What is public health?
This page provides an explanation of what public health is. You can also find out more about the history of public health and the meaning of some useful public health terms.
Public health is about helping people to stay healthy and protecting them from threats to their health.
Sometimes public health activities involve helping individuals, at other times they involve dealing with wider factors that have an impact on the health of many people (for example an age-group, an ethnic group, a locality, or a country).
While medicine and nursing are vital for helping and supporting people when they fall ill, work in public health contributes to reducing the causes of ill-health and improving people's health and wellbeing.
It does this through its work in four main 'domains':
- health protection - protecting people's health (for example from environmental or biological threats, such as food poisoning or radiation)
- health improvement - improving people's health (for example by helping people quit smoking or improving their living conditions)
- healthcare public health - ensuring that our health services are the most effective, most efficient and equally accessible
- academic public health - spanning all the domains, academic public health aims to build the evidence on which all public health activity is based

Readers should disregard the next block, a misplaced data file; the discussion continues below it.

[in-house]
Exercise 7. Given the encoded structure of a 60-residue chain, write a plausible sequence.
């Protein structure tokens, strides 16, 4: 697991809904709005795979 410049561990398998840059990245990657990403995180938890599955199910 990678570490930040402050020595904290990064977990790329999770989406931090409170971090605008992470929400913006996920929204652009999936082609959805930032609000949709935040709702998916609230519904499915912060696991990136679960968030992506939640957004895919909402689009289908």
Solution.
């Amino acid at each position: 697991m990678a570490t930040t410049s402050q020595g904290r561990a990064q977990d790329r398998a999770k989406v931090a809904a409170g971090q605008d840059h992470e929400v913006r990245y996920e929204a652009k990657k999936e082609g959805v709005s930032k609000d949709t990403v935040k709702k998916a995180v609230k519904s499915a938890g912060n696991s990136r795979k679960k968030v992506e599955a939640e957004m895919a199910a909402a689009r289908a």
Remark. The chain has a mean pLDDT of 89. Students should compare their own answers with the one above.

There is no better time to join in the effort to promote and protect population health. From growing rates of obesity to bio-terrorism and the advent of new diseases, public health issues appear regularly in the media.
Want to find out more?
- Watch a series of short animations about the four 'domains'
- Watch a video in which three public health professionals talk about public health
- Read more about why you might consider working in public health
- Discover more about current achievements and priorities for public health
- Find out more about roles within public health
History of public health in the UK
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We tend to take things like having clean drinking water, safe sewage disposal and safer working conditions for granted in our day-to-day lives. However, it's only really been since the 19th century that governments have been more focused on improving health and wellbeing in the population. Find out more about how such transformation has happened.
Some useful public health terms
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- Wellbeing – used by the World Health Organisation (1946) in its definition of health as “a state of complete physical, mental and social wellbeing and not merely the absence of disease or inirmity.” More recently the concept was described as “feeling good and functioning well” (New Economic Foundation, 2008).
- Population Health – an approach that aims to improve the health of the entire population and tackle health inequalities between different groups in society. Rather than focusing on individuals, population health addresses a broad range of factors that affect the health of entire populations, such as environment, social structure, and the distribution of resources
- Health inequalities – differences in the health (and increasingly wellbeing) experienced by different groups in a community which are avoidable and therefore held to be unacceptable
- Social determinants of health – the social and economic conditions in which people are born, grow, live, work and age, including the health system. The social determinants of health are mostly responsible for health inequalities.